Categories of Special Interest
Architectural Artistic Historical Social
In Use As
1760 - 1780
Terraced two-bay four-storey former house over basement, built c.1770, having two-storey return to rear (north-east) elevation. Now in use as offices. M-profile pitched slate roof concealed behind repaired red brick parapet with granite coping, rendered chimneystacks, and cast-iron rainwater goods having canted hopper. Red brick, laid in Flemish bond, to wall to front (south-west) elevation, masonry plinth course over rendered walls to basement, brown brick, laid in stretcher bond, to wall to rear. Square-headed window openings with raised render reveals, masonry sills, cast-iron balconettes to first floor, having three-over-six pane, six-over-six pane and one-over-one pane timber sliding sash windows. Round-headed door opening flanked by square-headed side lights with timber framed windows. Doorcase comprising Doric columns, stepped moulded cornice, moulded masonry surround and keystone detail, timber spoked fanlight, and timber panelled door. Wrought-iron railings having matching gate and square-profile open-work piers on carved granite plinth wall. Set back from Clare Street approached by granite step with cast-iron bootscrape.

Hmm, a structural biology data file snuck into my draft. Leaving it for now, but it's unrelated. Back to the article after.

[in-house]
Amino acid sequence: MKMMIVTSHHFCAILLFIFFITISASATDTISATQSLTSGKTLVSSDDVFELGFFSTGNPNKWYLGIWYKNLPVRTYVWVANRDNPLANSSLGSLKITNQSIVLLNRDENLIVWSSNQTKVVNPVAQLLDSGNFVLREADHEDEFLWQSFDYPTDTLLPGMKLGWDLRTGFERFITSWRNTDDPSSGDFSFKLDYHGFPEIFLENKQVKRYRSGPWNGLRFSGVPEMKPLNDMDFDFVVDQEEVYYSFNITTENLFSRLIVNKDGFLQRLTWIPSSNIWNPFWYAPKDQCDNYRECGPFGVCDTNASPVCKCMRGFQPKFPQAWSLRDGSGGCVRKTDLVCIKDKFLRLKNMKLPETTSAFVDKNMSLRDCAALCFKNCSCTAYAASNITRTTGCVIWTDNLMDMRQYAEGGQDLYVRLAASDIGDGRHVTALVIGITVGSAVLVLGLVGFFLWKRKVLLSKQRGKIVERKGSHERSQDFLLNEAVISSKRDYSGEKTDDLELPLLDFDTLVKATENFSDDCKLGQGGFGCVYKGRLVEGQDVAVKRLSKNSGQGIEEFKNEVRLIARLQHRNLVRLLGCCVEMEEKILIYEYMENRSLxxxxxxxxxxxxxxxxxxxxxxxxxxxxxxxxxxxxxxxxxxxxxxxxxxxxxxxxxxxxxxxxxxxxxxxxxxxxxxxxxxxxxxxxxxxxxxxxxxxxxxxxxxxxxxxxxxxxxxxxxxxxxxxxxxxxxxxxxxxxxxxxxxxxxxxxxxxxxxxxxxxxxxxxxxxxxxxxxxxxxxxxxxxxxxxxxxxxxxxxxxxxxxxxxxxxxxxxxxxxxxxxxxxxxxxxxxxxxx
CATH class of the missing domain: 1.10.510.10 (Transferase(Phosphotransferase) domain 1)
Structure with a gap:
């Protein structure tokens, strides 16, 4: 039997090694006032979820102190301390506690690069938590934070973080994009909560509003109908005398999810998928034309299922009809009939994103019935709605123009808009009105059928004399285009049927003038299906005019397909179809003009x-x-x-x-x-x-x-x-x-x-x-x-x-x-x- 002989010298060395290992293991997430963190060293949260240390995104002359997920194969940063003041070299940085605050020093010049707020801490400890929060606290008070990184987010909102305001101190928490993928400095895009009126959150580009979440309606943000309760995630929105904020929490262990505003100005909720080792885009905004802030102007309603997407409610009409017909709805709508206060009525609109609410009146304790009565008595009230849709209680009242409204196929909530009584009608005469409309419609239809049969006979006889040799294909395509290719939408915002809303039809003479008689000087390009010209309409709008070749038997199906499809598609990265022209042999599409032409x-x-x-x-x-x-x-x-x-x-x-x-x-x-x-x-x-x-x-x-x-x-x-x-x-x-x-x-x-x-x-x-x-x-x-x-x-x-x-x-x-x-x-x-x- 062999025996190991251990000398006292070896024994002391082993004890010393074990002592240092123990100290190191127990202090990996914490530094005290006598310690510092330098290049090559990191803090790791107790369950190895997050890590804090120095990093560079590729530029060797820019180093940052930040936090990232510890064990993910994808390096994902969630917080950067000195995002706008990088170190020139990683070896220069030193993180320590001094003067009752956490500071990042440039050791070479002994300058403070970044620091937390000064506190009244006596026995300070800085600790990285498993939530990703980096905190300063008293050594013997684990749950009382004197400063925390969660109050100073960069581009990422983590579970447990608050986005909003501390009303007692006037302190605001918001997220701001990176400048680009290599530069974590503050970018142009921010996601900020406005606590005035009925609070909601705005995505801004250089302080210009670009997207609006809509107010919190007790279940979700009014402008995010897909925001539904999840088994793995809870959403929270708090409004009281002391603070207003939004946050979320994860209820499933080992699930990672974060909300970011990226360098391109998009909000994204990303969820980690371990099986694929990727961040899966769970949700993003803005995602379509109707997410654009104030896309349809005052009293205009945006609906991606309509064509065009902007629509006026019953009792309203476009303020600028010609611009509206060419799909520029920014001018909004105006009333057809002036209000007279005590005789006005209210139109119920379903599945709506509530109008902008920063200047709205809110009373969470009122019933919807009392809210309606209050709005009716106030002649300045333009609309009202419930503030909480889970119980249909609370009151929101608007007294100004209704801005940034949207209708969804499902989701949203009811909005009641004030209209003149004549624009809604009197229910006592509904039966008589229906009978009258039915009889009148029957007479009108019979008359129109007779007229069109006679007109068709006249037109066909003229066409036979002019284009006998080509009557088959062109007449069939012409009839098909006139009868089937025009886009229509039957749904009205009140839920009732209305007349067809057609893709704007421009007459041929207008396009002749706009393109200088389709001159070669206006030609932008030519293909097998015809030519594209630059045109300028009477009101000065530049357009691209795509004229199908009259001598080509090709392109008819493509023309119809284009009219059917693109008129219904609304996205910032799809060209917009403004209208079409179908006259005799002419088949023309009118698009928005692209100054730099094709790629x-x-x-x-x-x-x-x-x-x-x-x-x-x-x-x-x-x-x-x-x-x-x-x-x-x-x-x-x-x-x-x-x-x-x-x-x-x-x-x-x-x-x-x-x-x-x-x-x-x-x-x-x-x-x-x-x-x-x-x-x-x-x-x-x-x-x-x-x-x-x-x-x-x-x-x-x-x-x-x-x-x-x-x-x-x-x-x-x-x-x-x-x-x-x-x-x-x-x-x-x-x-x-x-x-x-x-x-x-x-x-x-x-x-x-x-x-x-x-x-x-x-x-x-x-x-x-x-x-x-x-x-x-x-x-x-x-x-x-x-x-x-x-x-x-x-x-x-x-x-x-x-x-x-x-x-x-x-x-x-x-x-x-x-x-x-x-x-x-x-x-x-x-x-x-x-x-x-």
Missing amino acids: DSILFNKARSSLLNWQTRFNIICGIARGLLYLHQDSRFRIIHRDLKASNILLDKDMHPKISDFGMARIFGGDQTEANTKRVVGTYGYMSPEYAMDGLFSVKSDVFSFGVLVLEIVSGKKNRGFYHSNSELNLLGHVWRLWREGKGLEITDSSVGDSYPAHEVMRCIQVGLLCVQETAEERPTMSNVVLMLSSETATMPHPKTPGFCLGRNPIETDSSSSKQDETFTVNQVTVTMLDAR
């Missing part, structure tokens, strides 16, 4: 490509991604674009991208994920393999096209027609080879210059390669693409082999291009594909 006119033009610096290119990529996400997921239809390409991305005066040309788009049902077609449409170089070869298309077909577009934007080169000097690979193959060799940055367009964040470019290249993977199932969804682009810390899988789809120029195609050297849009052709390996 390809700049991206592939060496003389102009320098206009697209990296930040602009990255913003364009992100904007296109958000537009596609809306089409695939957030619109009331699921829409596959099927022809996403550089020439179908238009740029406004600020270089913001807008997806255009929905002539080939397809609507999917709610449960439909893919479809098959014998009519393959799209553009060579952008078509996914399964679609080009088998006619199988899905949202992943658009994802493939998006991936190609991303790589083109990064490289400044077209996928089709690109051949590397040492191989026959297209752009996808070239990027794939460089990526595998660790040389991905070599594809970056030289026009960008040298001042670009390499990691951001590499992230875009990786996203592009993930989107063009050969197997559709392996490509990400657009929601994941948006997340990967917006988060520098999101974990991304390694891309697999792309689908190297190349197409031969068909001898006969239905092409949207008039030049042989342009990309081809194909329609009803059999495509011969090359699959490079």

Clare Street was developed c.1762 by John Ensor for the sixth Viscount Fitzwilliam. This well executed Georgian terraced town house retains, Casey (2005), its original internal plan form. The restrained tripartite doorcase adds elegance to the composition, while the timber sash windows add to the historic character of both building and streetscape. Cast-iron is used to good effect, with the decorative balconettes, railings and bootscrape, adding decorative interest to the façade. The house was occupied by William Joseph Cooper, solicitor, in the 1860s. Scale's map of 1773 shows a stable lane to the rear.